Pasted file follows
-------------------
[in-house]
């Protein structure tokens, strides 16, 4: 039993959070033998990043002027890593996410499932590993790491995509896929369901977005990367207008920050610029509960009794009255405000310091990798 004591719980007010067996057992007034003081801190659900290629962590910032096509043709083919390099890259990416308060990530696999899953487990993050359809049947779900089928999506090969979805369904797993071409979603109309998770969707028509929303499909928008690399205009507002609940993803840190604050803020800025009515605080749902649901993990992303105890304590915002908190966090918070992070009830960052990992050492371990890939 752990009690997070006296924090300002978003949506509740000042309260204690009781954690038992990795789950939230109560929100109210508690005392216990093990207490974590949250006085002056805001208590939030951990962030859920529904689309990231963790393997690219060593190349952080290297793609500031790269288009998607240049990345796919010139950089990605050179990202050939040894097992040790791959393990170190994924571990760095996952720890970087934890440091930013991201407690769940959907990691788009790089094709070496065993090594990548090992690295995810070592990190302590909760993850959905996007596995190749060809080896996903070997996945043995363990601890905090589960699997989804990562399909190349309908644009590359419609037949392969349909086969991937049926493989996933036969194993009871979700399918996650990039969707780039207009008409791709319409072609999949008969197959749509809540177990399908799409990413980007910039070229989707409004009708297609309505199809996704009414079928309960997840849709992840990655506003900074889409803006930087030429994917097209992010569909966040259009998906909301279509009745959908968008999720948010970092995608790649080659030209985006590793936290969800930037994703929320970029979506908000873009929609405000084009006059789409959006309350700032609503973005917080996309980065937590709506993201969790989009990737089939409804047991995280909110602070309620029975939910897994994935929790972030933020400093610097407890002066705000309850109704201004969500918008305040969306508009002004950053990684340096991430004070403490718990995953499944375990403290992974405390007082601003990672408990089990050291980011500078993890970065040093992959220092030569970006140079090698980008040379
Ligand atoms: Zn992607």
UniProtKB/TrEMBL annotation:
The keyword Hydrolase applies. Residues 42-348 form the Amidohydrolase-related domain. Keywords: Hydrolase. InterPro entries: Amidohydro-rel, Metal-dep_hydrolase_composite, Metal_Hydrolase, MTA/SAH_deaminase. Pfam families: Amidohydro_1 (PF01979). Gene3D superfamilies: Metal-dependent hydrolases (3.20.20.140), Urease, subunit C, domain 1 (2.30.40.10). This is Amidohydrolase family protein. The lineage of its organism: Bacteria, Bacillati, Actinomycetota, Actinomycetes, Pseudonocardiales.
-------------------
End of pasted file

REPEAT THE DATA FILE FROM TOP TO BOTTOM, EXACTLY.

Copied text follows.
[in-house]
């Protein structure tokens, strides 16, 4: 039993959070033998990043002027890593996410499932590993790491995509896929369901977005990367207008920050610029509960009794009255405000310091990798 004591719980007010067996057992007034003081801190659900290629962590910032096509043709083919390099890259990416308060990530696999899953487990993050359809049947779900089928999506090969979805369904797993071409979603109309998770969707028509929303499909928008690399205009507002609940993803840190604050803020800025009515605080749902649901993990992303105890304590915002908190966090918070992070009830960052990992050492371990890939 752990009690997070006296924090300002978003949506509740000042309260204690009781954690038992990795789950939230109560929100109210508690005392216990093990207490974590949250006085002056805001208590939030951990962030859920529904689309990231963790393997690219060593190349952080290297793609500031790269288009998607240049990345796919010139950089990605050179990202050939040894097992040790791959393990170190994924571990760095996952720890970087934890440091930013991201407690769940959907990691788009790089094709070496065993090594990548090992690295995810070592990190302590909760993850959905996007596995190749060809080896996903070997996945043995363990601890905090589960699997989804990562399909190349309908644009590359419609037949392969349909086969991937049926493989996933036969194993009871979700399918996650990039969707780039207009008409791709319409072609999949008969197959749509809540177990399908799409990413980007910039070229989707409004009708297609309505199809996704009414079928309960997840849709992840990655506003900074889409803006930087030429994917097209992010569909966040259009998906909301279509009745959908968008999720948010970092995608790649080659030209985006590793936290969800930037994703929320970029979506908000873009929609405000084009006059789409959006309350700032609503973005917080996309980065937590709506993201969790989009990737089939409804047991995280909110602070309620029975939910897994994935929790972030933020400093610097407890002066705000309850109704201004969500918008305040969306508009002004950053990684340096991430004070403490718990995953499944375990403290992974405390007082601003990672408990089990050291980011500078993890970065040093992959220092030569970006140079090698980008040379
Ligand atoms: Zn992607």
UniProtKB/TrEMBL annotation:
The keyword Hydrolase applies. Residues 42-348 form the Amidohydrolase-related domain. Keywords: Hydrolase. InterPro entries: Amidohydro-rel, Metal-dep_hydrolase_composite, Metal_Hydrolase, MTA/SAH_deaminase. Pfam families: Amidohydro_1 (PF01979). Gene3D superfamilies: Metal-dependent hydrolases (3.20.20.140), Urease, subunit C, domain 1 (2.30.40.10). This is Amidohydrolase family protein. The lineage of its organism: Bacteria, Bacillati, Actinomycetota, Actinomycetes, Pseudonocardiales.